The ever-increasing demand for energy availability by the industry requires the production of more and more energy, with serious consequences for the Environment since it is mainly produced with fuels that consume atmospheric oxygen and release a large amount of carbon dioxide and pollutant dusts.

Energy from wave motion (OWC)

The sea constitutes an inexhaustible and largely unused reserve of renewable energy, with a potential electricity production estimated up to 90.000 TWh/y.

From now on up to 2030, it is expected that wave energy production will have a growth greater than all other renewable sources, with a potential market estimated in the order of 100 billion dollars.

Technologies aimed at the exploitation of wave motion have always been the subject of serious interest in the renewable sources scenario.

However – although the energy from wave motion is the one studied for the longest time and therefore the one that has seen the largest number of experiments, solutions and plant prototypes – it is not yet very widespread due to the specific complexities it presents.

Among the main technologies aimed at producing energy from wave motion, the one exploiting the principle of the Oscillating Water Column (OWC) is the subject of research and growing consideration both in Italy and in other countries.



Operation schematic of OWC technologies

OWC plants can be:

  • Offshore (marine) → having the advantage of operating at high wave height values and therefore of being able to extract large amounts of energy;
  • Onshore (terrestrial) → having the advantage of entailing low construction and power grid connection costs.

The Mediterranean Sea presents peculiar conditions, hence the need for further research and experimentation to be able to extract energy even from low waves.

Energy from river, sea and tidal currents

The electrical energy obtained from the exploitation of kinetic energy from river, sea and tidal currents has an extraordinary potential in the future scenario of electricity generation from renewable sources. Moreover – since river, sea and tidal currents are more predictable than wind and solar energy – they are certainly suitable for the use of devices for the production of energy.

River currents were the first renewable energy source to be used, since the times of the Greeks and Romans, who used the energy from the moving water to run the mills for grinding grain, up to modern hydroelectric technologies. However, much can still be done to increase energy yields.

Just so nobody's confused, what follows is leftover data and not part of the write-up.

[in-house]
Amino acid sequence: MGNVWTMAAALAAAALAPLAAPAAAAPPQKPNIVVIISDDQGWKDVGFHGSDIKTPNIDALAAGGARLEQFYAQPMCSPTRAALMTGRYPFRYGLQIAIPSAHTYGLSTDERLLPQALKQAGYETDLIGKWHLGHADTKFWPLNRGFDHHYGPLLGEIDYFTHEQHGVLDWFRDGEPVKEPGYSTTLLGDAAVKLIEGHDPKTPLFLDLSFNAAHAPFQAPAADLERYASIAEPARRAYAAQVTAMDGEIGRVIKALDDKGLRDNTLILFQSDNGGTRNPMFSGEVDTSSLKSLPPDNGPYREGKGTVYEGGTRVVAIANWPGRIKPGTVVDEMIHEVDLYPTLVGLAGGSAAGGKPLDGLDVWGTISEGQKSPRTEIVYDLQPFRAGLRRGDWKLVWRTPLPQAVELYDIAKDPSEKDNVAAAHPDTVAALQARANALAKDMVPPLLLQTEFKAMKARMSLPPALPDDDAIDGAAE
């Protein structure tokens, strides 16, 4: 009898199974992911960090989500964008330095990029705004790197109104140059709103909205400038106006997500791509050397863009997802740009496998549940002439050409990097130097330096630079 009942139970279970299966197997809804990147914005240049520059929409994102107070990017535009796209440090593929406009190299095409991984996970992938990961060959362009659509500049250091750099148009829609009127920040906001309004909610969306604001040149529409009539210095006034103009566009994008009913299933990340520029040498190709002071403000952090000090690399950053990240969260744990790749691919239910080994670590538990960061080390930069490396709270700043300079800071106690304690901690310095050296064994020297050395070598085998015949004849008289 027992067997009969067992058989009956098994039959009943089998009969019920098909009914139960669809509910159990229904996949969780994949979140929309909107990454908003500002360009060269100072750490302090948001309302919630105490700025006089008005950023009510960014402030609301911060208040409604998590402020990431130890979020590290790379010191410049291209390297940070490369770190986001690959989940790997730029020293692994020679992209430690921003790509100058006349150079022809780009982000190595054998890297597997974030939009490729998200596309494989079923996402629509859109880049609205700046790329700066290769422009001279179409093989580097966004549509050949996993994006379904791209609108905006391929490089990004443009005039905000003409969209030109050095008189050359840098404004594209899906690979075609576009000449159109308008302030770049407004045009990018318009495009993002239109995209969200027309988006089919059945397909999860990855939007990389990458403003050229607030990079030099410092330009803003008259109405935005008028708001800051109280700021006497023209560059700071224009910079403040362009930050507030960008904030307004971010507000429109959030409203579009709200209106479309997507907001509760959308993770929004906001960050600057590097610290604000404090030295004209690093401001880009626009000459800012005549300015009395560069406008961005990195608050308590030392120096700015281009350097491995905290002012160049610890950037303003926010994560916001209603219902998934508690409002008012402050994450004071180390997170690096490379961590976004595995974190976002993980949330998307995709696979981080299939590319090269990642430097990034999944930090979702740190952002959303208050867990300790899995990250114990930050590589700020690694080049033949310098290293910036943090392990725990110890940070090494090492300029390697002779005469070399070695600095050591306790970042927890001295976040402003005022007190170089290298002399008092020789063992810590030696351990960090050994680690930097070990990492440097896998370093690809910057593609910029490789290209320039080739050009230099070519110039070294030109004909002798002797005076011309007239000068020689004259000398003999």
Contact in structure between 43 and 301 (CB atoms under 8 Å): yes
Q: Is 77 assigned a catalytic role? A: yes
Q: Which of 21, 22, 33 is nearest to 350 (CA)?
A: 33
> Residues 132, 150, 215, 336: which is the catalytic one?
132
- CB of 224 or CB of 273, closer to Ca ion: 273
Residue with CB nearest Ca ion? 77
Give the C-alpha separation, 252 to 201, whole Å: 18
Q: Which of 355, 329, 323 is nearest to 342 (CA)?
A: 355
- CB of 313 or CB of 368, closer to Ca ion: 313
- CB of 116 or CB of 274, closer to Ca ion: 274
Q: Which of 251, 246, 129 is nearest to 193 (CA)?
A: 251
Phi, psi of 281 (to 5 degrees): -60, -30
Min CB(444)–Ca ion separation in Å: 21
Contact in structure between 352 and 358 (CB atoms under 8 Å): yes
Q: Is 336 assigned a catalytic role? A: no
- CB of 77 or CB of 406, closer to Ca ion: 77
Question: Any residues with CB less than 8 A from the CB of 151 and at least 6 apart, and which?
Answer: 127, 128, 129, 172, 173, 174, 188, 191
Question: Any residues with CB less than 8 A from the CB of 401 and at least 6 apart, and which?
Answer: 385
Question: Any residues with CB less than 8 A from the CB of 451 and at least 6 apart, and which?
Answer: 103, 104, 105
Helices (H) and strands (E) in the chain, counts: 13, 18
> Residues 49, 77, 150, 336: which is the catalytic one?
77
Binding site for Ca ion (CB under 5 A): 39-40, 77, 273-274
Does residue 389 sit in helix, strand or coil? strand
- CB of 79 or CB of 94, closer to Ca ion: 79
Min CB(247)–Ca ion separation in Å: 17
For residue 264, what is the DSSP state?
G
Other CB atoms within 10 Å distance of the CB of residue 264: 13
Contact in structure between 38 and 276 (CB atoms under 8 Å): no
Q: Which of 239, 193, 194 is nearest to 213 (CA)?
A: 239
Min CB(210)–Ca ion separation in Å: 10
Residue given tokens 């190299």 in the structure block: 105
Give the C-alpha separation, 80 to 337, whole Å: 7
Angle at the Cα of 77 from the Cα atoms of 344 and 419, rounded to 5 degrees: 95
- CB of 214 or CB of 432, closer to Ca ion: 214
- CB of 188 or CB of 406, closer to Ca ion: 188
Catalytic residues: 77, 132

All scientists agree that the sea will become the largest source of renewable energy in the world, not only thanks to the exploitation of its waves but also thanks to the exploitation of its currents.
Sea and tidal currents have immense potential for electricity generation: a 2006 report from United States Department of the Interior estimates that capturing just 0,1% of the available energy from the Gulf Stream would supply Florida with 35,0% of its electrical needs.

Wind energy

Unlike the energy coming from the combustion of fossil fuels, wind energy is renewable, abundant, widely distributed, clean; it produces no greenhouse gas emissions during operation, consumes no water and uses little land. The effects it produces on the Environment are far less deleterious than those produced by non-renewable energy sources.

Onshore wind is a cheaper source of electricity than coal or gas-fired power plants; offshore wind is steadier and stronger than on land and offshore farms have less visual impact, but their construction and maintenance costs are considerably higher.

Wind is a variable energy source, that is characterized by quite stable average annual values but also by significant variations over shorter time scales. Therefore, in order to obtain a more stable electrical supply, it is exploited in conjunction with other energy sources.

GIAR Energy S.r.l. Benefit Company
Innovative Start-Up; Business Register Special Section REA N. MC-275955
Tax Code and VAT Number 02064820430; S.C. € 50.000,00 fully paid-up
Registered office: Borgo Conce n. 29, 62027 San Severino Marche (MC)
Operational headquarters: Via Pomezia n. 8, 63074 San Benedetto del Tronto (AP)